Ramble: The part that is hardest

Update October 31, 2016: I was listening to the radio the other day and someone said “You can’t buy anticipation” and it reminded me of this post.

April 26, 2013: A popular song would have you think that anticipation is the most difficult aspect of any soon to be fulfilled desire.  It is to some, but to me it’s usually the best part, because the thing anticipated, lets say a recently purchased Alfa 1900C that’s currently in a trailer headed across the country, the thing anticipated once physically in the hand will never be as good as it is imagined in the hand.  Why?  That asymptotic creep toward ennui begins the moment the item occupies my precious garage space.


How’d you like to have this car headed your way in the back of a transporter? Similar color to Market 477’s Alfa Spider.

Asymptotic creep?  You know… you never actually come to loath it, but you become more and more indifferent to its presence in your garage.  Why?  It’s not the next thing.  Believe it or not, the most powerful force$ in the world have been conspiring to make me indifferent to the stuff I already have so I’ll go out and get some new stuff –even better if it’s the stuff they sell.  If I was talking about getting tired of new-ish stuff, these forces would have me in their show room ready to give up my perfectly-good-but-can’t-stand-the-sight-of used car so they can sell it for me at a profit/as a favor, after they get me on the 60 month 3% drip (again) and so the asymptotic creep begins again.  I am simultaneously three revenue sources lucky me!

Since this is about vintage stuff though, I’m feeling the itches of a phantom limb.  The boredom can’t help but be felt, they’ve been training me to cultivate it since birth –the peddlers of toothpaste, breakfast cereal and ‘things I should ask my doctor about’, but they don’t have an outlet for me, nothing for me to purchase, so I’m left to my own devices to find the next thing I’ll get tired of.  So it goes.

But wait you say, the divorce rate isn’t that high –isn’t it possible the romance will last through the winter?  I never said it wont for some –I know guys who have owned the same 1960’s motorcycles since new, guys who know exactly what they want and wait and scheme to get it then hang on forever.  Different strokes for different folks the saying goes.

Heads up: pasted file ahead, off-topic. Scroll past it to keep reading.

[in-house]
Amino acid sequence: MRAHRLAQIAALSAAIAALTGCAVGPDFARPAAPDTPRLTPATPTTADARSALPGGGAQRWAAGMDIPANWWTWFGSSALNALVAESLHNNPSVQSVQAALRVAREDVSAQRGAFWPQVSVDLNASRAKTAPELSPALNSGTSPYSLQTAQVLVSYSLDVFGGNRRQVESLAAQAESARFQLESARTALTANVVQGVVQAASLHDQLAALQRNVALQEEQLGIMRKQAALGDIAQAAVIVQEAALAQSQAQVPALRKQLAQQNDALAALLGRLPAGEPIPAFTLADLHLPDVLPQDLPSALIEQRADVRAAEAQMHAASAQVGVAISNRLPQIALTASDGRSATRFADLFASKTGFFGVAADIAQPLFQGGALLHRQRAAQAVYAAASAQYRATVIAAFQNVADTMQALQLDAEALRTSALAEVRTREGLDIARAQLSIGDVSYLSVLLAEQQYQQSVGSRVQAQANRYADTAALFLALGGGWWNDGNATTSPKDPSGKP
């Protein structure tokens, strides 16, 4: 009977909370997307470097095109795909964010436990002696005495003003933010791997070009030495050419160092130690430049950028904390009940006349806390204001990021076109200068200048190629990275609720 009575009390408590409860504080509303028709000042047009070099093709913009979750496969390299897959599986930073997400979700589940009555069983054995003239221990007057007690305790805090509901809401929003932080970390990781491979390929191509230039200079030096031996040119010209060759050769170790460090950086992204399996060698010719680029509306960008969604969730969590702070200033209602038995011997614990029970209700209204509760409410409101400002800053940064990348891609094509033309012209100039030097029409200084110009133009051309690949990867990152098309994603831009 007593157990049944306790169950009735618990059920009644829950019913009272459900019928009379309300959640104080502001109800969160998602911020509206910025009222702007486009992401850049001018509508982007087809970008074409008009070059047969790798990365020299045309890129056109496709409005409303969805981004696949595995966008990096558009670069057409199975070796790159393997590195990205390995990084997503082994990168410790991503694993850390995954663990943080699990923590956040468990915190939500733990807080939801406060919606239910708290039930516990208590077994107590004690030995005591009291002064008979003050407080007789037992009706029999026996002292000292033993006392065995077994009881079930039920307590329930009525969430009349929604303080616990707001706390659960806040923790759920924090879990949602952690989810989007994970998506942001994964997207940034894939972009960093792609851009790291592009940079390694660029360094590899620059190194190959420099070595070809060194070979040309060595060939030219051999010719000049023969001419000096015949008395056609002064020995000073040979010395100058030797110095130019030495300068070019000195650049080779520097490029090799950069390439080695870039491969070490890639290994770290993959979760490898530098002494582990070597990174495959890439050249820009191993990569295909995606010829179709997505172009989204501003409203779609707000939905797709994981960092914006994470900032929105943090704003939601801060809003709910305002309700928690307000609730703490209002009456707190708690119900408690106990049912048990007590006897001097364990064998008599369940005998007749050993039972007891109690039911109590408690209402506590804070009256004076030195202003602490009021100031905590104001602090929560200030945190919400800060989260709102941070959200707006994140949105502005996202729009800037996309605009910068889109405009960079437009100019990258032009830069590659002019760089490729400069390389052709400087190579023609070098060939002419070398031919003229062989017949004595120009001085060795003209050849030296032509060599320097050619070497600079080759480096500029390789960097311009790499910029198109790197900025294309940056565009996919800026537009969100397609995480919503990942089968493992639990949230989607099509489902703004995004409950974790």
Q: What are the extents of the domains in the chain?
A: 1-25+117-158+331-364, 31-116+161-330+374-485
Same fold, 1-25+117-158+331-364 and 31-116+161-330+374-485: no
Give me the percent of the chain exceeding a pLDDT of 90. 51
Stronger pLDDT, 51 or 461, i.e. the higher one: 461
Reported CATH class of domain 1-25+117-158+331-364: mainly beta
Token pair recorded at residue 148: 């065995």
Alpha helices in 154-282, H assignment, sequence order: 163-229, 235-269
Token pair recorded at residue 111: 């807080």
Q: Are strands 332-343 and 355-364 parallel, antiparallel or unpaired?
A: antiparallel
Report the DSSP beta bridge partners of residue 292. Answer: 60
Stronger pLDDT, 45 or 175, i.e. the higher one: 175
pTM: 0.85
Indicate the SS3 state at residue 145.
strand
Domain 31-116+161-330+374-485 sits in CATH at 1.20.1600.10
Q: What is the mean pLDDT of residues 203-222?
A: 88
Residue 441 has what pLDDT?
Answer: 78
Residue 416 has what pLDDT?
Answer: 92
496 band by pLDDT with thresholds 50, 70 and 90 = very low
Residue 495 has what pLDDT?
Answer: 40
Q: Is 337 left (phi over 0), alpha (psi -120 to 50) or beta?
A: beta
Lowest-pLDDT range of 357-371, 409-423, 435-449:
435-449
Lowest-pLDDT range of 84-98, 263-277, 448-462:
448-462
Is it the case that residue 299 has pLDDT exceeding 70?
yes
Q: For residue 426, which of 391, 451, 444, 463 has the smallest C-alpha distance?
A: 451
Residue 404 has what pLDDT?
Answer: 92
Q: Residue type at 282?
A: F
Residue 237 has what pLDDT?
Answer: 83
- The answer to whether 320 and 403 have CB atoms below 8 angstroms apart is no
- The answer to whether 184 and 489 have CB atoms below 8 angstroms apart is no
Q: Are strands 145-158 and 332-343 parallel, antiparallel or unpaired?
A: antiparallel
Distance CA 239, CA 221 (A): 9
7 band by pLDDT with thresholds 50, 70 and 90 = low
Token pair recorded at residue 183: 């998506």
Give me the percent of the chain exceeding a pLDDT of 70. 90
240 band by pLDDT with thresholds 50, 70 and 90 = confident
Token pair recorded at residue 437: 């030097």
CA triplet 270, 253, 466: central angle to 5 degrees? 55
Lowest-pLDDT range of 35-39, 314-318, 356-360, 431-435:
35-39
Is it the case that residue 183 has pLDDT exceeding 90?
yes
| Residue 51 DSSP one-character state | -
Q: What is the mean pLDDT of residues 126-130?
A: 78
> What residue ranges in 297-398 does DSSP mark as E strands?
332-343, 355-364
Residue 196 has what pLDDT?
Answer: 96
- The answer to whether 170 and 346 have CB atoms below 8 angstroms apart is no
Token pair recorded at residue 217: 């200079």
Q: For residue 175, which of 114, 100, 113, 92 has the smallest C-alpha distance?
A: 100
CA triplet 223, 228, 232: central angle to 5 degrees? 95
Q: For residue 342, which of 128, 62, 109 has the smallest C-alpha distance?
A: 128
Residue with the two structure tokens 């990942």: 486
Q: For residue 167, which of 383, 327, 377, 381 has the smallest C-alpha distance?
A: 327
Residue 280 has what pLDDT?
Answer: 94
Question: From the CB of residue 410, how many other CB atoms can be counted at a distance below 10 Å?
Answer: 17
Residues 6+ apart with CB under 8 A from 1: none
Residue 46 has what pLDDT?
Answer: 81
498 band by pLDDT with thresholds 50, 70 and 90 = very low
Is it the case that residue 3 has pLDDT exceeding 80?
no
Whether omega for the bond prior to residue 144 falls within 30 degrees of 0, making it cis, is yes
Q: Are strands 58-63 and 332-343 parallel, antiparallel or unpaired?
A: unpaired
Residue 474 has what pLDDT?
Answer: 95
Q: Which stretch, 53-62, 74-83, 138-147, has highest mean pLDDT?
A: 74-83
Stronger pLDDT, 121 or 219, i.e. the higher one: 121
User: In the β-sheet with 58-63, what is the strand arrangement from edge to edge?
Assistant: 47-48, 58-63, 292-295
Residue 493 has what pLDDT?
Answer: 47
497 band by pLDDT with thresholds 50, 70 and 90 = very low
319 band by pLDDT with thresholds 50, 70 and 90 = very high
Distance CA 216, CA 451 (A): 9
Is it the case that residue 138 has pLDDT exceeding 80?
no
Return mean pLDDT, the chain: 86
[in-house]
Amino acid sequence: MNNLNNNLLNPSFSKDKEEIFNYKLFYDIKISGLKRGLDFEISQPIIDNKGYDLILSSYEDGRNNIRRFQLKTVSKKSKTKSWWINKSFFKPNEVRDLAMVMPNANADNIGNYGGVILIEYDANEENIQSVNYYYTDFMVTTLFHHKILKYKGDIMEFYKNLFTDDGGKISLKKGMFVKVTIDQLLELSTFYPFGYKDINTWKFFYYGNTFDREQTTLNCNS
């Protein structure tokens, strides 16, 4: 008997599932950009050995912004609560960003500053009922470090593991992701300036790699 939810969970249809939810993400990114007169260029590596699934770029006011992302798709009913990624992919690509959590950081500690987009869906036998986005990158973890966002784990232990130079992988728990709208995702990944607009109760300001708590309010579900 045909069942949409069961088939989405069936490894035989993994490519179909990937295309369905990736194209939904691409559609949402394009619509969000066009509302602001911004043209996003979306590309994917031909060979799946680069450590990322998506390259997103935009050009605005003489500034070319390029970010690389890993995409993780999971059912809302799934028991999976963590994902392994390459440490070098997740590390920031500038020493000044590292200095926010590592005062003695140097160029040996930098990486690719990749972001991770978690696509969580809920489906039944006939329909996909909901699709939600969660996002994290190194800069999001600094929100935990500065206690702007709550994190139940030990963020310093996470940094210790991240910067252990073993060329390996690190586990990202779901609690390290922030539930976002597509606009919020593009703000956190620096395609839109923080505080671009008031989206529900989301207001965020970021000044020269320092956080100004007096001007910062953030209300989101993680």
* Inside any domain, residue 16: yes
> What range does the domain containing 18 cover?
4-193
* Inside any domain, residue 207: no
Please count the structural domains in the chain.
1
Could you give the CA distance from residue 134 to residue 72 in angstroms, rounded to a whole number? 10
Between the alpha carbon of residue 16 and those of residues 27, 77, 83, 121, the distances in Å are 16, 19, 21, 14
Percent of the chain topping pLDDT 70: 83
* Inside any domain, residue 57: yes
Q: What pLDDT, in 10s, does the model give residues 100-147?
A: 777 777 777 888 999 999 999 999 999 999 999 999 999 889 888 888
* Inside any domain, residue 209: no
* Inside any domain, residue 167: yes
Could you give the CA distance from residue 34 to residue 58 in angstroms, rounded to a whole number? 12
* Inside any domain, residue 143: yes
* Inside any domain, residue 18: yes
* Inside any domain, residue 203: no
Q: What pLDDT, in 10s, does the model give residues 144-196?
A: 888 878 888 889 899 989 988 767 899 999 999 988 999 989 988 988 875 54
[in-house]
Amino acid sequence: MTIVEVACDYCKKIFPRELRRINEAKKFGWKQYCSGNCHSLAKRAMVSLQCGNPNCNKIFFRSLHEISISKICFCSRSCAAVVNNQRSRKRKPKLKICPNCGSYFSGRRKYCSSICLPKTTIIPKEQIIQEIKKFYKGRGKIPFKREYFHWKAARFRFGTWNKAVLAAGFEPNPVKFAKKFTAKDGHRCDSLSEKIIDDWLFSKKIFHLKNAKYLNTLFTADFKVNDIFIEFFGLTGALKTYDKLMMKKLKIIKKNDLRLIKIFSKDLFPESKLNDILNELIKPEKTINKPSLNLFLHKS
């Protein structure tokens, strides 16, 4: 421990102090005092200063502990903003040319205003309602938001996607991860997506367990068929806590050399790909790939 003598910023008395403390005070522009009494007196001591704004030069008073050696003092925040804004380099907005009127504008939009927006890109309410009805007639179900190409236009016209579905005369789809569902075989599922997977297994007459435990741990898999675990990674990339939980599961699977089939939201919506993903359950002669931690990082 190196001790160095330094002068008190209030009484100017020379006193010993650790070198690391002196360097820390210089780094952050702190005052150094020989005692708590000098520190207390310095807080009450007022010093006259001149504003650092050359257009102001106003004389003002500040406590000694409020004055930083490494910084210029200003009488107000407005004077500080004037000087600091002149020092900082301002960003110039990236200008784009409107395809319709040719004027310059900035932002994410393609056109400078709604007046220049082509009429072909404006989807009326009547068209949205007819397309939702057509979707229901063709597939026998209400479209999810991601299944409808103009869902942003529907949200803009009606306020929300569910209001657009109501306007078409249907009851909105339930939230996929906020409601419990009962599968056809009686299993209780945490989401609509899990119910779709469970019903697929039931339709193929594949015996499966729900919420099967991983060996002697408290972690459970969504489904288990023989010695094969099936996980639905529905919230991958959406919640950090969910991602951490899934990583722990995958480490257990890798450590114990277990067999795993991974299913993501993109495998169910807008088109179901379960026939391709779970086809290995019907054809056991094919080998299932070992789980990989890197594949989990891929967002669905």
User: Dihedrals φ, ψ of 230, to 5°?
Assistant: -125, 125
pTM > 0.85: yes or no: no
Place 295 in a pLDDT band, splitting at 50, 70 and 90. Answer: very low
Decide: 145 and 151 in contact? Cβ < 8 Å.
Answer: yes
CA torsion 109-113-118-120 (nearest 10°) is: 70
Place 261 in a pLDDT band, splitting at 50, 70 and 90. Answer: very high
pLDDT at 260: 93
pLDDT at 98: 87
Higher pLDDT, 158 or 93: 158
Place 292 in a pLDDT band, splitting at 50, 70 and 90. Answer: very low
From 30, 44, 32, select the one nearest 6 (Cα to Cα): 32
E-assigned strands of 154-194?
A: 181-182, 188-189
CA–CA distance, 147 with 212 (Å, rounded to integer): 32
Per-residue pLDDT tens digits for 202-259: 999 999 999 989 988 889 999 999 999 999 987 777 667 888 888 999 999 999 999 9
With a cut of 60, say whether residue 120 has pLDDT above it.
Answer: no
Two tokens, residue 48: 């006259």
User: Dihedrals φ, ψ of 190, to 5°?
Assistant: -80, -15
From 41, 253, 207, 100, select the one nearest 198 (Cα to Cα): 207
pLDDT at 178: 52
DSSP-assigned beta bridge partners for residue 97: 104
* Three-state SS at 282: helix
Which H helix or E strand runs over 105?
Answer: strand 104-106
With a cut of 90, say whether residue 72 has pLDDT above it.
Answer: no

I suppose I could do both things –there’s no law against vehicular polygamy –I’ve had my Sprint for 13 years now despite a few threats to sell over the years, but there’s not much excitement to be had thinking about my dusty Sprint sitting next to my lawn mower, but that Austin Healey 100 4 ending on eBay in a few hours, that I can pay for and have on the back of a truck by tomorrow is sure exciting to ponder.

What about you all, anyone here susceptible to the excitement of the next purchase like me?


14 thoughts on “Ramble: The part that is hardest

  1. Hi, Matt,

    I feel the longing, too. You sucked me in with the gorgeous Flaminia Super Sport Zagato photo–which made me do a double-take and exclaim, “Wow; can that be MY photo?!” I had to go digging in the archives for all my pictures from the 2009 Concorso Italiano in Monterey, CA. Sure enough, I have virtually the exact same photo, from almost the same angle–only difference is there’s someone else in the background! It won Best of Marque, and I spent some time talking to Ari Baron, its owner, who had only recently finished the restoration. Drop dead gorgeous car–I didn’t quite have the heart to ask if he’d trade me even for my Giulietta Spider. Here it is crossing the dais after picking up the trophy: http://www.concorso.com/awards/09/images-large/LANCIA_WINNER.JPG